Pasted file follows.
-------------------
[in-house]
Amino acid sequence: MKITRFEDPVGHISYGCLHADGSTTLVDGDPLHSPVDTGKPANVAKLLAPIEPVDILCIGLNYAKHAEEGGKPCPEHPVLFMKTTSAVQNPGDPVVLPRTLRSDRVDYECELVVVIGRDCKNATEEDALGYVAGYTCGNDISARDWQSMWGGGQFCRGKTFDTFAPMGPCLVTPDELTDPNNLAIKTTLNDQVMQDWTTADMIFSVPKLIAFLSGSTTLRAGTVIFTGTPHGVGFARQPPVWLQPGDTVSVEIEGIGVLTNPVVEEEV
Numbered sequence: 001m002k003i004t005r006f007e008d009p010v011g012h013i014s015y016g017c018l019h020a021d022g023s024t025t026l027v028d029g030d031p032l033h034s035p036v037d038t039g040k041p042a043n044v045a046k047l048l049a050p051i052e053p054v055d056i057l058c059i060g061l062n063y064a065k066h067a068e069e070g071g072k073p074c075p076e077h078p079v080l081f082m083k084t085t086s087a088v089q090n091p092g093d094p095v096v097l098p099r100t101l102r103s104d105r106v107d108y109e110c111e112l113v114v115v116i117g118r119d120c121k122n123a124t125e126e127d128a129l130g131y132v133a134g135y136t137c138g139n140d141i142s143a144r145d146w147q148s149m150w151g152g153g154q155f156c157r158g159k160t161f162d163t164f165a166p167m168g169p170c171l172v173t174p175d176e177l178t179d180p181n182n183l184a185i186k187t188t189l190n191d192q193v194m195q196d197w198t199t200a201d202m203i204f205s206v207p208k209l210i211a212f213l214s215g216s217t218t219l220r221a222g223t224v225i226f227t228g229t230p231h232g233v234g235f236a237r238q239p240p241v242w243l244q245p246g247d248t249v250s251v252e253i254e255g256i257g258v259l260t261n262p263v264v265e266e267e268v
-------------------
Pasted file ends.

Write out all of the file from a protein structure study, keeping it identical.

[in-house]
Amino acid sequence: MKITRFEDPVGHISYGCLHADGSTTLVDGDPLHSPVDTGKPANVAKLLAPIEPVDILCIGLNYAKHAEEGGKPCPEHPVLFMKTTSAVQNPGDPVVLPRTLRSDRVDYECELVVVIGRDCKNATEEDALGYVAGYTCGNDISARDWQSMWGGGQFCRGKTFDTFAPMGPCLVTPDELTDPNNLAIKTTLNDQVMQDWTTADMIFSVPKLIAFLSGSTTLRAGTVIFTGTPHGVGFARQPPVWLQPGDTVSVEIEGIGVLTNPVVEEEV
Numbered sequence: 001m002k003i004t005r006f007e008d009p010v011g012h013i014s015y016g017c018l019h020a021d022g023s024t025t026l027v028d029g030d031p032l033h034s035p036v037d038t039g040k041p042a043n044v045a046k047l048l049a050p051i052e053p054v055d056i057l058c059i060g061l062n063y064a065k066h067a068e069e070g071g072k073p074c075p076e077h078p079v080l081f082m083k084t085t086s087a088v089q090n091p092g093d094p095v096v097l098p099r100t101l102r103s104d105r106v107d108y109e110c111e112l113v114v115v116i117g118r119d120c121k122n123a124t125e126e127d128a129l130g131y132v133a134g135y136t137c138g139n140d141i142s143a144r145d146w147q148s149m150w151g152g153g154q155f156c157r158g159k160t161f162d163t164f165a166p167m168g169p170c171l172v173t174p175d176e177l178t179d180p181n182n183l184a185i186k187t188t189l190n191d192q193v194m195q196d197w198t199t200a201d202m203i204f205s206v207p208k209l210i211a212f213l214s215g216s217t218t219l220r221a222g223t224v225i226f227t228g229t230p231h232g233v234g235f236a237r238q239p240p241v242w243l244q245p246g247d248t249v250s251v252e253i254e255g256i257g258v259l260t261n262p263v264v265e266e267e268v